How to Calculate Net Operating Income (NOI)
NOI can be critical to profitability and financing
Real estate professionals who serve investment clients should be familiar with all the different methods of valuation of income properties. One of these methods is the calculation of a property's net operating income (NOI). It's used with a capitalization rate to determine the value of a property.
Defining the Net Operating Income Metric
Net operating income serves as a way to analyze the viability of a real estate investment property. Finding a property's net operating income means figuring out how much money it brings in after covering all of its expenses and accounting for unrented time periods and expenses for maintenance and operations.
While NOI can change over time as the property's revenue and expenses fluctuate, lenders and creditors still find NOI to provide valuable information about whether the property earns enough income to support payments on its debt.
NOI can be affected by property owners who delay expenses because they're trying to make the property look more profitable. Likewise, the debt payments and interest expense don't factor into the NOI calculation, so it can be misleading unless you also factor in these necessary payments.
Calculating Net Operating Income
Determine the gross operating income (GOI) of the property. Use the following equation:
Next, determine the operating expenses of the property. It would include expenses for management, legal and accounting, insurance, janitorial, maintenance, supplies, taxes, and utilities. Subtract the operating expenses from the gross operating income to arrive at the net operating income as follows:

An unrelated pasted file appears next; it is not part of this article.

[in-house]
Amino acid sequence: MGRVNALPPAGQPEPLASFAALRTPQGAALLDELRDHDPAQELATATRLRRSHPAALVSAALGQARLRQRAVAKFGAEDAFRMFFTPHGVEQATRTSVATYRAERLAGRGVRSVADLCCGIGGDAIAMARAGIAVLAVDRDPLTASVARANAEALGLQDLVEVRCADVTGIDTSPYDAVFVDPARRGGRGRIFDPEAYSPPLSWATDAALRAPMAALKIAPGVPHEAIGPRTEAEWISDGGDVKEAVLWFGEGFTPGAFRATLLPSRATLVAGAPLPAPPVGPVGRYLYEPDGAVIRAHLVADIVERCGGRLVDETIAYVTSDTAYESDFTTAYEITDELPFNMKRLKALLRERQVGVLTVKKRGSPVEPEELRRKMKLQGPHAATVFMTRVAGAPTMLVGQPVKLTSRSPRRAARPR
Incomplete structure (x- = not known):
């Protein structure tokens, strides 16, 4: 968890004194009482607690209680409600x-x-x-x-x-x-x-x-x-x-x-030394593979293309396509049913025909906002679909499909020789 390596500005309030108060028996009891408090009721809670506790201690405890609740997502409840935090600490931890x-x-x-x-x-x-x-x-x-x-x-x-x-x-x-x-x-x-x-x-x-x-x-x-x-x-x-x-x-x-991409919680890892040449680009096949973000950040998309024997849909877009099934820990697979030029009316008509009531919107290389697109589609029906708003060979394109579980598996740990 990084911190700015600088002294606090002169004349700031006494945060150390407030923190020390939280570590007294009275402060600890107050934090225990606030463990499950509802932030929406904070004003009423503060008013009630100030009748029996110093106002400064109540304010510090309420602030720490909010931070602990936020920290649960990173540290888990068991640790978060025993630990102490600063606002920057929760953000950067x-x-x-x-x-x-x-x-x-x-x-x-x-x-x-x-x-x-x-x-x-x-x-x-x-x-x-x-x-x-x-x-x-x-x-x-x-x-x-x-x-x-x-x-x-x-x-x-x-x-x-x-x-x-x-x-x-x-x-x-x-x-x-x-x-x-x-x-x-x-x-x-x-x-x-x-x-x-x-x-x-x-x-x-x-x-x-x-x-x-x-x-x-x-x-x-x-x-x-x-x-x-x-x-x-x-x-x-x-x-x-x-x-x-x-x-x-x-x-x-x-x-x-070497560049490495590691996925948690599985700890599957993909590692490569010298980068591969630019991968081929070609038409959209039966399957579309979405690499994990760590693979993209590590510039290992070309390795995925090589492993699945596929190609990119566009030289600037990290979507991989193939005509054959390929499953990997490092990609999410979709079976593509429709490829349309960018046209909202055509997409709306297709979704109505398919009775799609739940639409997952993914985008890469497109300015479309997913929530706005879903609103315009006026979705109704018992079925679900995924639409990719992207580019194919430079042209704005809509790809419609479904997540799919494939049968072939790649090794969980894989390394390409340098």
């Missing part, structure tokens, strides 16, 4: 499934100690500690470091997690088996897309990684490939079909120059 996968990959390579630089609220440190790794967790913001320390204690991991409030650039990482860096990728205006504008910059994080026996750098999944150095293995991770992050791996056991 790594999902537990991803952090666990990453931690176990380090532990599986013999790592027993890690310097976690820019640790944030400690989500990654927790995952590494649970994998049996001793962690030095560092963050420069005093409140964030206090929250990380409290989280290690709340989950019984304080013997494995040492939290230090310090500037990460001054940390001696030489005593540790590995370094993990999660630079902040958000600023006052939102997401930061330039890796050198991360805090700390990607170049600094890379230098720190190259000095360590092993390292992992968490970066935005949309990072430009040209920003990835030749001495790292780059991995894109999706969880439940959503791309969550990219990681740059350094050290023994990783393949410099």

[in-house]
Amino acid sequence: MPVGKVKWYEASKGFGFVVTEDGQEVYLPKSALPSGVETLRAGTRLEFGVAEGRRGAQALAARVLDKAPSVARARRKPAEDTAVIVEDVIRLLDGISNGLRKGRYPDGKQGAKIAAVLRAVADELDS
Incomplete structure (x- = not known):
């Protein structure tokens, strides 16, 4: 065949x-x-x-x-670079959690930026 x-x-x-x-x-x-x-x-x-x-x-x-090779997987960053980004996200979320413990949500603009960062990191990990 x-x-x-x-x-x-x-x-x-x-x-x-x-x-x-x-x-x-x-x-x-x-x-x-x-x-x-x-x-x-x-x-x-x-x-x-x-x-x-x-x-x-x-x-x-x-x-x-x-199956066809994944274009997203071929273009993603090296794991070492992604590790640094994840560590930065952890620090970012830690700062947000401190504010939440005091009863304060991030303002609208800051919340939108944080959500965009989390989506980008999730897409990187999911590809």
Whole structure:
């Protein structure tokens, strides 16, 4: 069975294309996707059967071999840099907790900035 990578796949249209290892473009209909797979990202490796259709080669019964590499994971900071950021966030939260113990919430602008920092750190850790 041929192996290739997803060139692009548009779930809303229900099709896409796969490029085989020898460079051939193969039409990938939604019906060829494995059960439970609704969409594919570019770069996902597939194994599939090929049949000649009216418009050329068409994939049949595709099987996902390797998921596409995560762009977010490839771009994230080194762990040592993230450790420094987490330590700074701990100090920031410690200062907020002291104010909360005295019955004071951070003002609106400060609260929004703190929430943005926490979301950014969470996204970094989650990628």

Net operating income = Gross operating income - operating expenses
For example, using a property with a gross operating income of $52,000 and operating expenses of $37,000, the net operating income would be ($52,000 - $37,000) = $15,000.
Commercial lenders use different qualification criteria to determine if a mortgage is warranted and how much they'll loan against a property. Investor owners usually aren't individually evaluated as to their credit history because it's not as important to the lender as the income generating potential of the property to be mortgaged.
A homebuyer is simply going to live in the home she's buying so the lender evaluates her ability to pay the mortgage and her history in paying debt obligations. It is a very different situation from a commercial property such as an office complex. The buyers are purchasing this property to generate positive cash flow from rental income.
When the motivation for the purchase is income, the lender wants to evaluate the property based mostly on the income it will generate. Of course, property condition and other factors enter into mortgage qualification as well, but income is the biggest factor.
A mortgage is likely to be initiated if the property can service the debt and meet the mortgage payments and still have an acceptable monthly income cash flow.
The Expenses Factor
Of course, expenses are one-half of the major considerations in the NOI calculation. It's critical to capture all the operating expenses of the property.
Depending on the property type, marketing, and advertising expenses can vary a great deal. Most of this expense for an apartment property would be advertising to generate tenant applicants. The same would apply to a retail or office property, but there might also be marketing expenses to present the property to consumers or clients for the tenants.
Professional management is the norm for larger commercial properties, and this expense can be significant. It can be offset somewhat, however, by the savings that professional management can generate in the operation and maintenance of the property.
Utilities should be included when they're not passed along to tenants. Everything from landscaping to fixing broken air conditioning units or painting of units should be included in repairs and maintenance. Don't forget insurance—this is a major expense as well. Other expenses can depend on the use of the property and the tenants.
Borrowers can come up with more cash for a down payment to bring the ratios into line if those wanted by the lender based on income aren't pointing to approval.
Missing expenses will increase net operating income, and your client will overpay for the property based on valuation using the cap rate.
Other investor calculations are often used as well. None are rocket science. You should be able to quickly get up to speed and perform them or discuss them intelligently with commercial investor clients.